By Sabrina Rodriguez
By Michael E. Miller
By Carlos Suarez De Jesus
By Luther Campbell
By Kyle Munzenrieder
By Sabrina Rodriguez
By Trevor Bach
By Kyle Munzenrieder
"Sometimes I wonder if Gwen is proof the old superstitions are true -- that some people can feel their own death approaching, especially if they die young," Summersett says. The weekend before Cherry was killed in a car crash in Tallahassee, she called Summersett on the spur of the moment, saying, "Hey, let's hang out together all day tomorrow! I need to talk and have fun." They ate breakfast downtown, went shopping on Flagler, then caught a movie and grabbed a bite. Cherry told her driver to take them all over Miami for people-watching. "We were like teenagers. It was such a beautiful day," Summersett says.
They soared over the causeway with the pastel skyline glowing against the sunset, the moment when Miami earns its nickname the Magic City. Cherry turned to her friend and said, "I have something important to ask. You know how shy my daughter is. She's at that self-conscious age, and I don't want that to keep her from being happy. Would you look out for her?" She asked if the girl could visit the salon and if Summersett would be her confidante. "She may need someone besides her mother to help her know she's pretty enough to be out there in the world, so she never gives up," Cherry said. Summersett agreed. She never saw her friend alive again. "But when I think about my work, what it really means, I always think of that day with Gwen," she says.
More than 1700 guests -- including Sunlight graduates and their adult children, whose college educations were funded by beauty shop income -- were in attendance at the October 26 Gusman Center celebration to honor David and Lurel Julius. Two string ensembles performed Mozart; the music floated past tables laden with fruit, shrimp, and bottles of white wine.
Then-Mayor Joe Carollo put in an appearance. WPLG-TV (Channel 10) anchorman Dwight Lauderdale was master of ceremonies, which was also a benefit for the M. Athalie Range Cultural Arts Foundation and included performances by Melton Mustafa's Jazz Orchestra, soprano Marvis Martin, Smokey Joe's Cafe star Ashley Howard Wilkinson, and Metropolitan Opera pianist Joseph Joubert.
Keisha Fulwood, who once ran a Coconut Grove salon with her Sunlight license, flew in from California to pay her respects. Flipping through her program, Fulwood paused at a paragraph describing a scholarship fund Range had set up for Charles Bells, a long-time employee of her funeral home who was murdered in 1994. The endowment's goal is "to produce young people who value life, feel good about themselves, and commit themselves to maximizing their potential," the program read.
It reminded Fulwood of her year at Sunlight, before the Juliuses sold the business in 1971. Overtown was being chopped to bits by crime and developers, and whites no longer ventured into the neighborhood's nightclubs. Fulwood was on her way to class when she saw police gathered around a dead man lying in the middle of the street. He was wearing what looked like a deliveryman's uniform. Blood had soaked through the sheet covering his face. A young cop nervously surveyed the crowd of spectators, while the teenage suspect lounged next to him, calling out to his friends. A second officer groaned like an old man as he leaned wearily against the car to question the kid.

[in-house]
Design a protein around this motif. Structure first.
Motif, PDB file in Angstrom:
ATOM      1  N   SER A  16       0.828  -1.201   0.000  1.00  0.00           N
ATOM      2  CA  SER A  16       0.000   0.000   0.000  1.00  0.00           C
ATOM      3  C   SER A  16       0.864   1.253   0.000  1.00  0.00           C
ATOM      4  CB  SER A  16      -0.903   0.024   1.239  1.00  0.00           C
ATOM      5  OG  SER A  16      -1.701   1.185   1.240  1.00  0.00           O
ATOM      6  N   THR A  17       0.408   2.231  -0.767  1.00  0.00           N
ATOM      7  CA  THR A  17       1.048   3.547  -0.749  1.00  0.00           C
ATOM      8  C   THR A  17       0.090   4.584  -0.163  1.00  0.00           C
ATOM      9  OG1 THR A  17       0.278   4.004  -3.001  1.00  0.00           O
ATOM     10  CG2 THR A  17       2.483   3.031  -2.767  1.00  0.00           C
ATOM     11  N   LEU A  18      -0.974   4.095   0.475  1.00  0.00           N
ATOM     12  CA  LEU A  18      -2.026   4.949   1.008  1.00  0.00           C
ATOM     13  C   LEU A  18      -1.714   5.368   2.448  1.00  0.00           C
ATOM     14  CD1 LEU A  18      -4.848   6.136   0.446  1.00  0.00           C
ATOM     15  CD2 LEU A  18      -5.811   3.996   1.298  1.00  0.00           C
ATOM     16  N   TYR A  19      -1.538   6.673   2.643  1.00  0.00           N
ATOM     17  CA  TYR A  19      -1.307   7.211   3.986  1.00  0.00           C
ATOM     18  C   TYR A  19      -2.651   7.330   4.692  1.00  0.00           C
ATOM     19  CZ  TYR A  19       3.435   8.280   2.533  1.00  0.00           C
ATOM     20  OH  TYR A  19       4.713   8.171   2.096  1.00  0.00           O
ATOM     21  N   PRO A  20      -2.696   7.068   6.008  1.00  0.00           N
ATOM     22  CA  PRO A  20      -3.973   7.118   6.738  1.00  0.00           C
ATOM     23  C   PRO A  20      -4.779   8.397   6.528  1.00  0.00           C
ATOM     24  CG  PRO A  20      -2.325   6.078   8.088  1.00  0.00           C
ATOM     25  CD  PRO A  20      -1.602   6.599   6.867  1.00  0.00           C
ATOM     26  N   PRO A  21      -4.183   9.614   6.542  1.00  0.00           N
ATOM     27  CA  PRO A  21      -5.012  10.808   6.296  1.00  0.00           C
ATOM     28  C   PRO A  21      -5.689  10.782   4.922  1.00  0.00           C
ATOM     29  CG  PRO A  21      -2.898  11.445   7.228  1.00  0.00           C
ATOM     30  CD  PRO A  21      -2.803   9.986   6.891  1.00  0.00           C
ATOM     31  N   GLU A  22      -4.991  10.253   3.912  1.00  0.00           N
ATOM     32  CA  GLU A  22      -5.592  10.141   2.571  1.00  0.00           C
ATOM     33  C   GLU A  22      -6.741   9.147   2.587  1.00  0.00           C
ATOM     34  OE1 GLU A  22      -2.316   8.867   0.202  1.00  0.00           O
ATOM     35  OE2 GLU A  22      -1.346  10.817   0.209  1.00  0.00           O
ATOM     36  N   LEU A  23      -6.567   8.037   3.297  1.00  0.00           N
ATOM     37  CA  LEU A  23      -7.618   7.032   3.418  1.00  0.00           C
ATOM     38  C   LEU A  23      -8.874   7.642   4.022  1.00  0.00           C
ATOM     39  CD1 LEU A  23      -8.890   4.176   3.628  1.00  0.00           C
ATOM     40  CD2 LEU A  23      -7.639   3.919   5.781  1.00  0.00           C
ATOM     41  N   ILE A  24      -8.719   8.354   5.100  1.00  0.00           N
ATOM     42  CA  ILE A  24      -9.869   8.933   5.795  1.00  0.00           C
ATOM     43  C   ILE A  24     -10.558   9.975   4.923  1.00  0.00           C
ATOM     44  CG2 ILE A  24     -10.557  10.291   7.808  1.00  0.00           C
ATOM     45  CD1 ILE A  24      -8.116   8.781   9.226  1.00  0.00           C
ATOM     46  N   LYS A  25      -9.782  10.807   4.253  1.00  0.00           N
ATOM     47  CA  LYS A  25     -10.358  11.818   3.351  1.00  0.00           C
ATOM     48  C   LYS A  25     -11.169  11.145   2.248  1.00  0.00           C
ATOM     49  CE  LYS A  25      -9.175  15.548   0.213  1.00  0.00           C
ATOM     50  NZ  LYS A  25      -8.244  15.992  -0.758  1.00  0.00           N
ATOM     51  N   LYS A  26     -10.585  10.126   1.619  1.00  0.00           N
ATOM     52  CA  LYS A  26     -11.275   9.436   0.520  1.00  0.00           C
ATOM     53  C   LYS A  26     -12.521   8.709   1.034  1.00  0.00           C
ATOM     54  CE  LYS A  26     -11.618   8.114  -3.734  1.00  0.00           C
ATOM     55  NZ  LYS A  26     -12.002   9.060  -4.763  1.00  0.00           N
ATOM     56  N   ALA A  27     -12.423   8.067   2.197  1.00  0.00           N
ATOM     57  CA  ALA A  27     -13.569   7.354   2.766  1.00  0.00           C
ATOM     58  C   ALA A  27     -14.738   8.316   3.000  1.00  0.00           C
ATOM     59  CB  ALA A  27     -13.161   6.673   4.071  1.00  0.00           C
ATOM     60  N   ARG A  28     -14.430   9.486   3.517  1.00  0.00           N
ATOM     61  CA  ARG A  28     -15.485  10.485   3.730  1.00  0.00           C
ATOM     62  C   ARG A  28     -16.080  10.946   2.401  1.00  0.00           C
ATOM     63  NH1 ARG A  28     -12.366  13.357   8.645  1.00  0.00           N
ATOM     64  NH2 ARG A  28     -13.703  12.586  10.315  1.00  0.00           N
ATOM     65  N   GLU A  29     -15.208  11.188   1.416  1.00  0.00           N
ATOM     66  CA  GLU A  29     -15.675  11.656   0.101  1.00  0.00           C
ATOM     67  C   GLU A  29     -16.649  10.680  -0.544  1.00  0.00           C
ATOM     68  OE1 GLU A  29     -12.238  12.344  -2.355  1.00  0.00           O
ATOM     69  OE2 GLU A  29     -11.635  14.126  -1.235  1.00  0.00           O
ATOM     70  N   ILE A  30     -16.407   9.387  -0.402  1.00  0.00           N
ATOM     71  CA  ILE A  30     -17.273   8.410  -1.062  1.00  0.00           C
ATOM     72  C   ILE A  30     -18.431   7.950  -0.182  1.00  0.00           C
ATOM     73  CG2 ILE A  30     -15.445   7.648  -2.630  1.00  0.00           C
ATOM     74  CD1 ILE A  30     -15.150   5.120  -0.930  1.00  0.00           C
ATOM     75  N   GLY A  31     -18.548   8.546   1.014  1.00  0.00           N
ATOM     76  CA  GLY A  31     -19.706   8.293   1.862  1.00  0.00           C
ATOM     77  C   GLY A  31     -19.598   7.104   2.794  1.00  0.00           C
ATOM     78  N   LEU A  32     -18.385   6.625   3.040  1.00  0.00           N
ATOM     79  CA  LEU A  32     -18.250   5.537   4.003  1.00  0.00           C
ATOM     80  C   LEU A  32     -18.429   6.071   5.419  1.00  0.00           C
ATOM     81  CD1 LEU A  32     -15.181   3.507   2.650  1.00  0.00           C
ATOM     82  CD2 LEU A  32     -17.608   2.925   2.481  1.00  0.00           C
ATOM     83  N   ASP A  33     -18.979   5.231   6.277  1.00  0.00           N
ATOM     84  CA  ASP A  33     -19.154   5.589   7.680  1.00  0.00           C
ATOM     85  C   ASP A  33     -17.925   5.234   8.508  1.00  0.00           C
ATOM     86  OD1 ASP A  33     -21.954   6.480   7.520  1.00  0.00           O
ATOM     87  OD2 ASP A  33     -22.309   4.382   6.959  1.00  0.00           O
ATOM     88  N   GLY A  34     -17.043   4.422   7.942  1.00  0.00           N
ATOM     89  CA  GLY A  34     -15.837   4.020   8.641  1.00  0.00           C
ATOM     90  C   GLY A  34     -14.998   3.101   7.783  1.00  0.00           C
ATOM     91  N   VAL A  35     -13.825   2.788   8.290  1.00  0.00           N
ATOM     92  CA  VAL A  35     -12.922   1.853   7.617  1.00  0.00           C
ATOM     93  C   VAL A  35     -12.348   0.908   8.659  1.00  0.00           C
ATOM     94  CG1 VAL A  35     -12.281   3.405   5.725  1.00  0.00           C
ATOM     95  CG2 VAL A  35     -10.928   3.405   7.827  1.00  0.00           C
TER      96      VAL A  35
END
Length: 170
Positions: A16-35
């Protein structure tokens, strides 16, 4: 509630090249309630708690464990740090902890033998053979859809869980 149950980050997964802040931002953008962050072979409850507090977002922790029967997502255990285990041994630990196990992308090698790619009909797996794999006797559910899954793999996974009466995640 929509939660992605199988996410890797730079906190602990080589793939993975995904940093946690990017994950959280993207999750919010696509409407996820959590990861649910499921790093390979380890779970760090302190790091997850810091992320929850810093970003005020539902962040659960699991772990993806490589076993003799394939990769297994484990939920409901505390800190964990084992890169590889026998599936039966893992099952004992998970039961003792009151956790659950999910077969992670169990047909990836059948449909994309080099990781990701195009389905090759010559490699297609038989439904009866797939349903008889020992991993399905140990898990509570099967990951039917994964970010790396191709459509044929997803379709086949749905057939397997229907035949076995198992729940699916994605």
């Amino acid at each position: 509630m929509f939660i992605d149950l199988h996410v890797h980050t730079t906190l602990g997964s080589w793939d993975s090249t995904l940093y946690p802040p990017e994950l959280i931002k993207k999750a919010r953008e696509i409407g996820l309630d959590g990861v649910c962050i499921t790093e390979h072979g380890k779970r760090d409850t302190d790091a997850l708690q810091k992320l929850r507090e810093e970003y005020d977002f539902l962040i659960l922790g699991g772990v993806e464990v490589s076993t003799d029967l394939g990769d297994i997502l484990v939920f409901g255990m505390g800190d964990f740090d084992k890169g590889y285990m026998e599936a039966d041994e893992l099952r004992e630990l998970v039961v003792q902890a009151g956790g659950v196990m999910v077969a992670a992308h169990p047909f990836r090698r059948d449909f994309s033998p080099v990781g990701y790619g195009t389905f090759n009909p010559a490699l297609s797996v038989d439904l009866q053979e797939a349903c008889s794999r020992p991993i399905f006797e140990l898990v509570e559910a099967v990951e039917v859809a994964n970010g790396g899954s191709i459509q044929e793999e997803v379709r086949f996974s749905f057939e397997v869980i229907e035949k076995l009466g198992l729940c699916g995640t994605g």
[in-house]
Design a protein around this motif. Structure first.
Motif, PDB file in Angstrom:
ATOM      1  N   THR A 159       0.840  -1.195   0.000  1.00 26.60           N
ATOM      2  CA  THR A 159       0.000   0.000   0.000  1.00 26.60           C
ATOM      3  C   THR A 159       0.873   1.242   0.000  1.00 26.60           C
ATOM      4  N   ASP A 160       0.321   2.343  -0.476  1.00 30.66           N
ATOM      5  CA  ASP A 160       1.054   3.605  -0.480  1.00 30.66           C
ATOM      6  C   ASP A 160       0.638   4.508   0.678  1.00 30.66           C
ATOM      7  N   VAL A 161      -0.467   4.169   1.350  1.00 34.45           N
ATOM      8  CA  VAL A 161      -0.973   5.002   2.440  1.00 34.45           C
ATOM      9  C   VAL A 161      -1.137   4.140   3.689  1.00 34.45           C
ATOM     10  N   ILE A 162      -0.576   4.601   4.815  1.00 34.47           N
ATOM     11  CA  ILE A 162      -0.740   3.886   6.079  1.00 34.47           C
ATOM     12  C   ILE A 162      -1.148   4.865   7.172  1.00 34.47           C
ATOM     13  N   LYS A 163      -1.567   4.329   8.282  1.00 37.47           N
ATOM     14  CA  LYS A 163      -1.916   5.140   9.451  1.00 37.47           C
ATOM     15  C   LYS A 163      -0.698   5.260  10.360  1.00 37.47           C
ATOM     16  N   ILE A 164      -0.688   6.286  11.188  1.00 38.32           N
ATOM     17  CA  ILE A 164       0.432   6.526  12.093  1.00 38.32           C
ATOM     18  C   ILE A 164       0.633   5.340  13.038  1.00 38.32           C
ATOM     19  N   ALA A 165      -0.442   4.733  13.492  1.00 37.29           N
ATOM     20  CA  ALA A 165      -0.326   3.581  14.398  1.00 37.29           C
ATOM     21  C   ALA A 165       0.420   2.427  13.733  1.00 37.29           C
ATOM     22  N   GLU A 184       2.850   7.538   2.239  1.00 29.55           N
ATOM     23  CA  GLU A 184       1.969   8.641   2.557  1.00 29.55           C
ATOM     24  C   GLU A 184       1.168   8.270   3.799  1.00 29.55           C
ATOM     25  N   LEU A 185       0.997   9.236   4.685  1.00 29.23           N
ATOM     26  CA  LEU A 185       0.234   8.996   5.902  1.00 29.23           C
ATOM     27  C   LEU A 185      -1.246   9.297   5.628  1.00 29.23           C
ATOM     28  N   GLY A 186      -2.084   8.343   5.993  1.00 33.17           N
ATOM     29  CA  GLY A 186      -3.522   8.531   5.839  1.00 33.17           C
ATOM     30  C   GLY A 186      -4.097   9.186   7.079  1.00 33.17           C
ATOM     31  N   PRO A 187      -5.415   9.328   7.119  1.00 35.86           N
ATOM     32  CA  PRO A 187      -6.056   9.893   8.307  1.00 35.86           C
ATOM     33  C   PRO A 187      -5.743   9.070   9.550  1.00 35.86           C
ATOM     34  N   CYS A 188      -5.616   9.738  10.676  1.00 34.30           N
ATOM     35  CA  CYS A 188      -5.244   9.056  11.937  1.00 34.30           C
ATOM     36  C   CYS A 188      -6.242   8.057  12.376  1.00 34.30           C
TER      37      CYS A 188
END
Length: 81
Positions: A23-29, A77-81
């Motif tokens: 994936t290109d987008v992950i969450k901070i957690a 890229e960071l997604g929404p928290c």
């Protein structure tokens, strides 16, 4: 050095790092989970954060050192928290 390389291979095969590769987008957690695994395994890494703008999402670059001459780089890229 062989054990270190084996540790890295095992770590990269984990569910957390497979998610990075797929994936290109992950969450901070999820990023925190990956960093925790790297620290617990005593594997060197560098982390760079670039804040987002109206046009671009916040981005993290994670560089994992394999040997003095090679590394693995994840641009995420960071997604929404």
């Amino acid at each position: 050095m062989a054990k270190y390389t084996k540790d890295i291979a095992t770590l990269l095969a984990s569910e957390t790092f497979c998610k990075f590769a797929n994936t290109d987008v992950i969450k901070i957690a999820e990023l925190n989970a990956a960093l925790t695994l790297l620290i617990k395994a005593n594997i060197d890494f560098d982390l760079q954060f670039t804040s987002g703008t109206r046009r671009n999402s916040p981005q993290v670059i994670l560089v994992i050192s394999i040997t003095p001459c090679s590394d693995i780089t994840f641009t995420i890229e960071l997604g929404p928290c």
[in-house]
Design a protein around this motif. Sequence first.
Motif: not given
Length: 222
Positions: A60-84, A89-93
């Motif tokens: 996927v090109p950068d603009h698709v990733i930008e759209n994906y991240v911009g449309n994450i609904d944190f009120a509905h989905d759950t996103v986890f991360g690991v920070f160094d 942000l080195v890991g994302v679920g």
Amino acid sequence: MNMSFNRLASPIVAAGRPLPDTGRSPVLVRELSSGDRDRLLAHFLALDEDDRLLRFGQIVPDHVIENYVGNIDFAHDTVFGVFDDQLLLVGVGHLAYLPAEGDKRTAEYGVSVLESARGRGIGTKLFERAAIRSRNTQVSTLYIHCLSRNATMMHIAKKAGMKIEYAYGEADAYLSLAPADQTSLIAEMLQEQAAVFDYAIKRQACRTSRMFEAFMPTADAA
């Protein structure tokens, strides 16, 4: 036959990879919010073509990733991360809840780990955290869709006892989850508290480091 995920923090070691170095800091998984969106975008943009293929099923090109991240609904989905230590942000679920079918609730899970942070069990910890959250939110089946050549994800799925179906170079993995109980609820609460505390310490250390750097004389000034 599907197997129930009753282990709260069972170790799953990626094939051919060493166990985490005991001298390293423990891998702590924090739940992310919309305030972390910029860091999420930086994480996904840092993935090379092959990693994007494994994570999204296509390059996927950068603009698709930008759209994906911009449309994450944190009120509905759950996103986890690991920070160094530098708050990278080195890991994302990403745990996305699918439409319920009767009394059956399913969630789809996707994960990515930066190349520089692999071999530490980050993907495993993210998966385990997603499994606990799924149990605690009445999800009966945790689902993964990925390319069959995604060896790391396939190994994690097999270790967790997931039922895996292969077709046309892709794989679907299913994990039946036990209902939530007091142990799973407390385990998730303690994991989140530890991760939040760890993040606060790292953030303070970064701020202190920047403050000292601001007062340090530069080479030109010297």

"Dude shoulda given the money up faster," the teen finally shrugged. "I'm juvie. You got to take me to juvie hall." As the car hauled him away, he waved out the window to his friends like a departing celebrity. In the middle of the crowd, Fulwood saw the boy's cousin, a girl of sixteen who lived with his family. The girl often lingered outside Sunlight's window on weekends, watching the beauty treatments work their magic.
Fulwood asked her if she'd like to go to the salon to talk. She went for sodas while the girl flopped her schoolbooks onto the table in the Sunlight employee lounge: algebra, world civilization, Spanish. "Your family must be proud of how hard you study," Fulwood said.
The girl sipped her soda a moment. "No, it makes them call me a bitch," she replied evenly. She paused a moment. "I wish I could go to college anyway, even though they think that's funny."
The girl was obviously on her own. Her hair was fastened haphazardly with barrettes, her clothes were clean but rumpled, and her makeup consisted of blush that looked like a slap on her skin. Fulwood had two hours before her first class. "Why don't you let me give you the full treatment? Hair, face, nails," she suggested. "You can rest up and pretend you're on a vacation somewhere fancy just for a while." While she worked, she noticed a book of folktales among the girl's texts, ornately illustrated stories of brave girls who broke wicked spells, saved kingdoms, and won gallant princes. All the heroines were white. "I just like the happy stories," the girl explained defensively. "I know they're stupid."
"No, you just need to start your own story," Fulwood responded. She grabbed some blank paper, decorated it with flowers, and wrote: "Once upon a time there was a very smart and pretty Overtown girl who decided to go on an adventure. She --" Fulwood handed the page to the girl and said, "You keep it and work on it."